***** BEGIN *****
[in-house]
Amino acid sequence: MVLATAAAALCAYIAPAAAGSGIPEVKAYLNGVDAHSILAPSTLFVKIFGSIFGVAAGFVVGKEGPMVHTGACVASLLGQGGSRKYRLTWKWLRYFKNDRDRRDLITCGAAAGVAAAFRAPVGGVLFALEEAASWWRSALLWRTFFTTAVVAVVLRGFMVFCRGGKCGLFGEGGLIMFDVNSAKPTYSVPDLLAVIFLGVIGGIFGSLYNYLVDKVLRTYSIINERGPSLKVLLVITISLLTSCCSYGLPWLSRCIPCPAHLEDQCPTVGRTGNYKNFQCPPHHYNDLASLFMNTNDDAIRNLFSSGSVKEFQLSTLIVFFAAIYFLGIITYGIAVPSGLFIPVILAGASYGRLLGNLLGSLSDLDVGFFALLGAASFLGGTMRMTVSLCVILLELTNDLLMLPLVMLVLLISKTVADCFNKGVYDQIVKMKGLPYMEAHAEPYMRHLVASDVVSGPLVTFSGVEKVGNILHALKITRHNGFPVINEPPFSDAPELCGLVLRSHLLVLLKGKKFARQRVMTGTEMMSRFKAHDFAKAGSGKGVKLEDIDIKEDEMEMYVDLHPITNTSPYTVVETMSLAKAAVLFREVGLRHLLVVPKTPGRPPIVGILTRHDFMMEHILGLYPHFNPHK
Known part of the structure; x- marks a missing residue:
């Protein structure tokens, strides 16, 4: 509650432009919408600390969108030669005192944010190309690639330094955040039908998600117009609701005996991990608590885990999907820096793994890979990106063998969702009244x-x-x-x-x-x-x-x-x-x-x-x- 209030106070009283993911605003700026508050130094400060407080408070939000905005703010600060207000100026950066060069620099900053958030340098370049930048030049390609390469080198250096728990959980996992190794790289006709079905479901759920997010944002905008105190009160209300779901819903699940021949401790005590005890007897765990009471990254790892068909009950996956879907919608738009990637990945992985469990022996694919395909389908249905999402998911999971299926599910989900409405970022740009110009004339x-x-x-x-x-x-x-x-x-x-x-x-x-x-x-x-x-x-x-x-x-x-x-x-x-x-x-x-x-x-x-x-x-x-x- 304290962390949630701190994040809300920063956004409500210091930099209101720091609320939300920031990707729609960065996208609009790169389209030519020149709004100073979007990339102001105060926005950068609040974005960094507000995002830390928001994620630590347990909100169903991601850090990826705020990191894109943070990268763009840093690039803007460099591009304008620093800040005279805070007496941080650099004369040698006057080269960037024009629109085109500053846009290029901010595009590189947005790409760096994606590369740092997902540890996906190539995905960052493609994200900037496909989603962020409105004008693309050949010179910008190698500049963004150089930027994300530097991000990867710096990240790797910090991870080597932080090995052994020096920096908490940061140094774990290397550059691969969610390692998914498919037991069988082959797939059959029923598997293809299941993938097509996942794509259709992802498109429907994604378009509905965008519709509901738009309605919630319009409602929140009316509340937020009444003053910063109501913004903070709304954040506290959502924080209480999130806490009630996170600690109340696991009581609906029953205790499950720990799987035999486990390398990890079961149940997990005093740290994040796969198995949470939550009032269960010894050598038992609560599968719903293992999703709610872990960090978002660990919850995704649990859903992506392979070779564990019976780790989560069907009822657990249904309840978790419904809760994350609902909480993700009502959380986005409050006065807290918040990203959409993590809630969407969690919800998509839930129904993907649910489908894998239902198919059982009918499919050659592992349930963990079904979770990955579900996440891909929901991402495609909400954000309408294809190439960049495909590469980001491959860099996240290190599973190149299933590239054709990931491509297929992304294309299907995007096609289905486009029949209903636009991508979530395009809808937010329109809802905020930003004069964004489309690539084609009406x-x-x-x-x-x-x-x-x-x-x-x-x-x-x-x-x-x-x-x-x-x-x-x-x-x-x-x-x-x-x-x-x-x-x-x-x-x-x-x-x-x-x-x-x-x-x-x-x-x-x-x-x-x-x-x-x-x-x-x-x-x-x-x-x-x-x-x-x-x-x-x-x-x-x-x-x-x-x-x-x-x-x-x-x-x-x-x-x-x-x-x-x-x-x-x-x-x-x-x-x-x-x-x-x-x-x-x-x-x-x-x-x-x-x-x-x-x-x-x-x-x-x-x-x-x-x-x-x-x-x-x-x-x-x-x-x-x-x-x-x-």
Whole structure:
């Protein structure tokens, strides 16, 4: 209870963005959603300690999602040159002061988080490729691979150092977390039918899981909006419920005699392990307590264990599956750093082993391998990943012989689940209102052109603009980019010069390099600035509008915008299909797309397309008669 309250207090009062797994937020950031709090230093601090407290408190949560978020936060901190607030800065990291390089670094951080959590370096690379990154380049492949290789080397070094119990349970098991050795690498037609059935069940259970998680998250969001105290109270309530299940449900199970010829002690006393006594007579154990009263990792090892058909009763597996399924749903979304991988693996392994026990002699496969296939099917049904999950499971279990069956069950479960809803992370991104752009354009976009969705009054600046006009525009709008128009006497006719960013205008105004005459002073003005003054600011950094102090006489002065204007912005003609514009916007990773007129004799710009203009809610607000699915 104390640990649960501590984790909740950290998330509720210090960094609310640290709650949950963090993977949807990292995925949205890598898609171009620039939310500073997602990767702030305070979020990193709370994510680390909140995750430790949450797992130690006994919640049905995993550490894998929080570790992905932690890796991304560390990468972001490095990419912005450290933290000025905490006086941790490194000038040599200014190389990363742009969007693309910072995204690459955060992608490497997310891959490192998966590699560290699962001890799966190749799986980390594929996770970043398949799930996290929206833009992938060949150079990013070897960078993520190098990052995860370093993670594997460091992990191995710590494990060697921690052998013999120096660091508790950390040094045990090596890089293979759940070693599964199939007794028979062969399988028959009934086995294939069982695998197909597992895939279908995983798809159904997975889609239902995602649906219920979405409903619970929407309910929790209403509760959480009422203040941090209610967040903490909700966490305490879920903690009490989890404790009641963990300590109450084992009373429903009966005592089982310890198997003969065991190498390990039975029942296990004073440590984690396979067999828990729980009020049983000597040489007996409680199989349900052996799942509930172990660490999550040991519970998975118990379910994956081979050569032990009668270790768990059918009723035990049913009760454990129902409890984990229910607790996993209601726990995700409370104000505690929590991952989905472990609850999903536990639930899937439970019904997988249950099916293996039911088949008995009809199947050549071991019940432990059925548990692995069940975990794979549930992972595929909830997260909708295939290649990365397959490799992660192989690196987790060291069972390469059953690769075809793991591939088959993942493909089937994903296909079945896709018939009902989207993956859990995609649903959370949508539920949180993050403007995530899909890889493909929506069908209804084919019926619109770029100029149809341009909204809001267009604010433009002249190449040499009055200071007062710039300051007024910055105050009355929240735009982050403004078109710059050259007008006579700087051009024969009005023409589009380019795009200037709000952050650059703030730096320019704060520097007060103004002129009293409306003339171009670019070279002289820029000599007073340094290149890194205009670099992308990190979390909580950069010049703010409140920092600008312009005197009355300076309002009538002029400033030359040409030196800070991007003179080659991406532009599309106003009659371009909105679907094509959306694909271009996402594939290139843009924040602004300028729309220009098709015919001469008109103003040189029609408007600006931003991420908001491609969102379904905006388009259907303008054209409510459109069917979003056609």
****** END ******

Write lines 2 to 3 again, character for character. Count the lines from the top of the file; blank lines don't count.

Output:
Amino acid sequence: MVLATAAAALCAYIAPAAAGSGIPEVKAYLNGVDAHSILAPSTLFVKIFGSIFGVAAGFVVGKEGPMVHTGACVASLLGQGGSRKYRLTWKWLRYFKNDRDRRDLITCGAAAGVAAAFRAPVGGVLFALEEAASWWRSALLWRTFFTTAVVAVVLRGFMVFCRGGKCGLFGEGGLIMFDVNSAKPTYSVPDLLAVIFLGVIGGIFGSLYNYLVDKVLRTYSIINERGPSLKVLLVITISLLTSCCSYGLPWLSRCIPCPAHLEDQCPTVGRTGNYKNFQCPPHHYNDLASLFMNTNDDAIRNLFSSGSVKEFQLSTLIVFFAAIYFLGIITYGIAVPSGLFIPVILAGASYGRLLGNLLGSLSDLDVGFFALLGAASFLGGTMRMTVSLCVILLELTNDLLMLPLVMLVLLISKTVADCFNKGVYDQIVKMKGLPYMEAHAEPYMRHLVASDVVSGPLVTFSGVEKVGNILHALKITRHNGFPVINEPPFSDAPELCGLVLRSHLLVLLKGKKFARQRVMTGTEMMSRFKAHDFAKAGSGKGVKLEDIDIKEDEMEMYVDLHPITNTSPYTVVETMSLAKAAVLFREVGLRHLLVVPKTPGRPPIVGILTRHDFMMEHILGLYPHFNPHK
Known part of the structure; x- marks a missing residue: